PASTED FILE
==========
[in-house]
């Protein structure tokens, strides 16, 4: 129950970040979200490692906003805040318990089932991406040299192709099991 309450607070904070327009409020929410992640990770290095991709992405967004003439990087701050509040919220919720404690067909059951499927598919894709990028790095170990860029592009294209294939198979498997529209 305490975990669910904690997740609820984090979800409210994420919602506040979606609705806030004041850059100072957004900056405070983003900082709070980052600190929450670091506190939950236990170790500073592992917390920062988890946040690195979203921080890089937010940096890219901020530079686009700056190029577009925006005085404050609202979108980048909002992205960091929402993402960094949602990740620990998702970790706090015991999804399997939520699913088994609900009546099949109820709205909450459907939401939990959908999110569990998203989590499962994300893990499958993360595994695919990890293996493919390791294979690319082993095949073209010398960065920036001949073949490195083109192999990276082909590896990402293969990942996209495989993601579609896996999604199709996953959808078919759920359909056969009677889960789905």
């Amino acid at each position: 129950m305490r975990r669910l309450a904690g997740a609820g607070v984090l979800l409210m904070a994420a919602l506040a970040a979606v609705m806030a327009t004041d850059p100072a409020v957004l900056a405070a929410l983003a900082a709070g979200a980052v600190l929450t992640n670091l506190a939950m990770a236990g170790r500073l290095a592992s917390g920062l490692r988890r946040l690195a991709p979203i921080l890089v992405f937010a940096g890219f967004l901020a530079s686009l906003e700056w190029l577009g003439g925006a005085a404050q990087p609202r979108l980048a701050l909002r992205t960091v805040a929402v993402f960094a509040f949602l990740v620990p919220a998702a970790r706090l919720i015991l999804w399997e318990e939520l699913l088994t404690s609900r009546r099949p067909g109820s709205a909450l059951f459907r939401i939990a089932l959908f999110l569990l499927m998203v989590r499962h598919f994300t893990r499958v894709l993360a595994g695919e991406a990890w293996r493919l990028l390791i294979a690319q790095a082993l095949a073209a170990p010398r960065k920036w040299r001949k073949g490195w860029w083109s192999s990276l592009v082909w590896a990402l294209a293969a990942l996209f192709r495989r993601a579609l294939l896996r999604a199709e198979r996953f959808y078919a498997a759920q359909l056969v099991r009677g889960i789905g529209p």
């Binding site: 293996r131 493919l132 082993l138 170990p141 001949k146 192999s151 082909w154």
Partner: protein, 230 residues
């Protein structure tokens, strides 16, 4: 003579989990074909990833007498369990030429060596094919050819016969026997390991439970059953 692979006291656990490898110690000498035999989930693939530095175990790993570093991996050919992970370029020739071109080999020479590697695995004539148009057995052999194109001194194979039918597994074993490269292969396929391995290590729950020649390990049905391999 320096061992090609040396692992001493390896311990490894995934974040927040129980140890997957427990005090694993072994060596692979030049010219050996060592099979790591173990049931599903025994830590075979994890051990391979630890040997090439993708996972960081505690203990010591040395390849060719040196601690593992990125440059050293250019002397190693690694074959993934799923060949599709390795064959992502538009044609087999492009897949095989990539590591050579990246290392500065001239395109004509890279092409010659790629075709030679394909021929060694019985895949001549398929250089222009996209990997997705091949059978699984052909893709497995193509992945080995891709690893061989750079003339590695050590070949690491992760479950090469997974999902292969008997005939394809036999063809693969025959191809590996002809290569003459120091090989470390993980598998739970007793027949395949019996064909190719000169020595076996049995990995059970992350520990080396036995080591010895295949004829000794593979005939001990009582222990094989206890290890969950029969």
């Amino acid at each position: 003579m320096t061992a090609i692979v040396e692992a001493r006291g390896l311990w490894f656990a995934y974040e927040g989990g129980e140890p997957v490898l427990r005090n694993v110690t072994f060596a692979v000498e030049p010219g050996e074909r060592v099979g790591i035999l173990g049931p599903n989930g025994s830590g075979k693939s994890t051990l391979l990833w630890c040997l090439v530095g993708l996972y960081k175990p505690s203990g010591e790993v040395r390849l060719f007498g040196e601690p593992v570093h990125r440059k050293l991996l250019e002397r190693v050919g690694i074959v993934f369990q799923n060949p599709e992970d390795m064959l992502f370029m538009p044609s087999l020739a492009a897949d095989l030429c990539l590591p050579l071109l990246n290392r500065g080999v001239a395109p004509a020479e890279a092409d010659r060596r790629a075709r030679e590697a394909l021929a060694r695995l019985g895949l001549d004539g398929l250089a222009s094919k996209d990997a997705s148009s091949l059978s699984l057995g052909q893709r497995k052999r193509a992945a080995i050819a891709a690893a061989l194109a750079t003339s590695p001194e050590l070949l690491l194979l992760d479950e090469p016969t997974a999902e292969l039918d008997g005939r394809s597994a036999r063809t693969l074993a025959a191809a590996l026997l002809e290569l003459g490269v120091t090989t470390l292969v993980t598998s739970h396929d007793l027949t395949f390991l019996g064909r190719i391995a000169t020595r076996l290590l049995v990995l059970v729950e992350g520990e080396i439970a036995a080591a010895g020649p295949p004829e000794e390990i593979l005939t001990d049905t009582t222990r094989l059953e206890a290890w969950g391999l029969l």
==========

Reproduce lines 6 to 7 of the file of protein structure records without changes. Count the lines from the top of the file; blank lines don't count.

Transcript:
């Protein structure tokens, strides 16, 4: 003579989990074909990833007498369990030429060596094919050819016969026997390991439970059953 692979006291656990490898110690000498035999989930693939530095175990790993570093991996050919992970370029020739071109080999020479590697695995004539148009057995052999194109001194194979039918597994074993490269292969396929391995290590729950020649390990049905391999 320096061992090609040396692992001493390896311990490894995934974040927040129980140890997957427990005090694993072994060596692979030049010219050996060592099979790591173990049931599903025994830590075979994890051990391979630890040997090439993708996972960081505690203990010591040395390849060719040196601690593992990125440059050293250019002397190693690694074959993934799923060949599709390795064959992502538009044609087999492009897949095989990539590591050579990246290392500065001239395109004509890279092409010659790629075709030679394909021929060694019985895949001549398929250089222009996209990997997705091949059978699984052909893709497995193509992945080995891709690893061989750079003339590695050590070949690491992760479950090469997974999902292969008997005939394809036999063809693969025959191809590996002809290569003459120091090989470390993980598998739970007793027949395949019996064909190719000169020595076996049995990995059970992350520990080396036995080591010895295949004829000794593979005939001990009582222990094989206890290890969950029969």
């Amino acid at each position: 003579m320096t061992a090609i692979v040396e692992a001493r006291g390896l311990w490894f656990a995934y974040e927040g989990g129980e140890p997957v490898l427990r005090n694993v110690t072994f060596a692979v000498e030049p010219g050996e074909r060592v099979g790591i035999l173990g049931p599903n989930g025994s830590g075979k693939s994890t051990l391979l990833w630890c040997l090439v530095g993708l996972y960081k175990p505690s203990g010591e790993v040395r390849l060719f007498g040196e601690p593992v570093h990125r440059k050293l991996l250019e002397r190693v050919g690694i074959v993934f369990q799923n060949p599709e992970d390795m064959l992502f370029m538009p044609s087999l020739a492009a897949d095989l030429c990539l590591p050579l071109l990246n290392r500065g080999v001239a395109p004509a020479e890279a092409d010659r060596r790629a075709r030679e590697a394909l021929a060694r695995l019985g895949l001549d004539g398929l250089a222009s094919k996209d990997a997705s148009s091949l059978s699984l057995g052909q893709r497995k052999r193509a992945a080995i050819a891709a690893a061989l194109a750079t003339s590695p001194e050590l070949l690491l194979l992760d479950e090469p016969t997974a999902e292969l039918d008997g005939r394809s597994a036999r063809t693969l074993a025959a191809a590996l026997l002809e290569l003459g490269v120091t090989t470390l292969v993980t598998s739970h396929d007793l027949t395949f390991l019996g064909r190719i391995a000169t020595r076996l290590l049995v990995l059970v729950e992350g520990e080396i439970a036995a080591a010895g020649p295949p004829e000794e390990i593979l005939t001990d049905t009582t222990r094989l059953e206890a290890w969950g391999l029969l």